Whether they know it or not, today’s home buyers have an array of options when it comes to mortgages. Despite the doom-and-gloom news surrounding the lending industry, Baby Boomers looking to build log homes where they will retire in the future still have choices, says Greg Ebersole, a loan officer with Graystone Mortgage in Mountville, Pennsylvania.
“The media tends to play up the fact that it’s difficult to get a mortgage, but in reality it’s no harder than it was three or four years ago,” says Ebersole, who adds that log home owners tend to be particularly well qualified, with solid credit, good income streams, and available cash for down payments. “The documentation and paperwork may be more cumbersome than they were in the past, but the loan approval process hasn’t changed, and neither has the ability for qualified individuals to obtain mortgages.”
Step by Step
Ebersole says the first step would be to look at your current financial situation to determine which category your new mortgage would fall into. Individuals who already own primary homes, and who are looking to build log homes for future retirement, for example, would be considered second home buyers. “When qualifying these customers, we would take into consideration the new payment on the home being built, and the current mortgage on their primary home,” Ebersole explains. “That’s usually not a problem, but it’s something to consider if you presently own a home.”
In terms of the loan itself, Ebersole says buyers have a few options. There’s the “two-time” closing process, where the customer goes through one approval and a loan closing for a construction loan (to be used to build the home), and another approval on a permanent mortgage (once the home is completed).
Another option is the one-time close construction permanent loan. Using that process, the customer is approved for both the construction loan and the permanent financing upfront, using a single closing. “There’s one formal closing and one set of closing costs,” says Ebersole. “That saves the buyers money, and the hassle of having to go through two different closing and application processes.”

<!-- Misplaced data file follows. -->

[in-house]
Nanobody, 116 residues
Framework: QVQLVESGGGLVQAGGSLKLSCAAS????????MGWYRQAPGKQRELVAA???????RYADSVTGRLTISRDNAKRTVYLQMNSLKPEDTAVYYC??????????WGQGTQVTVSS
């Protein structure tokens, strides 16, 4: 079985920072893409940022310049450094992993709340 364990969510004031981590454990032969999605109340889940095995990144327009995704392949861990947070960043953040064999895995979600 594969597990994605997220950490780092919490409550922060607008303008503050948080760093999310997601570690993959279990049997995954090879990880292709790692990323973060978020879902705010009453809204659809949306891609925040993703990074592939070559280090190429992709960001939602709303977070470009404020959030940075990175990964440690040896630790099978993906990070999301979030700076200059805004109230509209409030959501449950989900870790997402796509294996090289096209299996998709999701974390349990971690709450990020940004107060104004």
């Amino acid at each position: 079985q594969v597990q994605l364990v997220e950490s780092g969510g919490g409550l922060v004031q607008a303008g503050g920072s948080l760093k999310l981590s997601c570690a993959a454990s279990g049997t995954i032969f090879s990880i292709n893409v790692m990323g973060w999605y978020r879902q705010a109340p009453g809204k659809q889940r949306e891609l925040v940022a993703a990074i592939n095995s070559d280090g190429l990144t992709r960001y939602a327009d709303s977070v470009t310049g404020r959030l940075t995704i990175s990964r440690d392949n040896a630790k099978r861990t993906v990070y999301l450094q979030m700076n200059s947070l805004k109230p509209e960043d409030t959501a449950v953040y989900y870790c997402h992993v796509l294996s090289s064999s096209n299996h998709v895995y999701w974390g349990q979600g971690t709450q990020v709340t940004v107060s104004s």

Regardless of which mortgage type is selected, the owner’s income status both now and during retirement will come into play during the lending process. Ebersole says lenders look at the buyer’s financial position once the home is completed, and not at the start of construction. “If someone is already retired at that point, then he or she will have to show proof of pension, Social Security, or other income,” says Ebersole.
If the mortgagee plans to live off of investment income, the situation can be a bit more challenging. The individual who expects to make $25,000 a year on his or her $1 million portfolio, for example, may run into hurdles when applying for a mortgage. “In general, we need a two-year history showing a stable income,” says Ebersole. “Getting that data from the person who is newly retired and relying on investment income can be challenging.”
When working with customers who want to build retirement log homes, Andrew West, vice president and wealth management adviser at West & Gasparini Group in Rockford, Illinois, says he advises individuals to figure out financially where they are now and where they want (or expect) to be in the future. Prioritizing retirement goals, college expenses, and living/house goals are all important aspects of this planning process, says West.
“We sit down with clients and figure out how to make sure they aren’t house rich and cash poor during retirement,” says West, who is careful to factor in not just monthly housing payments, but also the related real estate taxes, homeowners’ insurance, and ongoing maintenance and utility costs associated with owning two homes. “Even if you only have dual ownership for a few years, it can get pretty expensive.”
Photography by Roger Wade Studio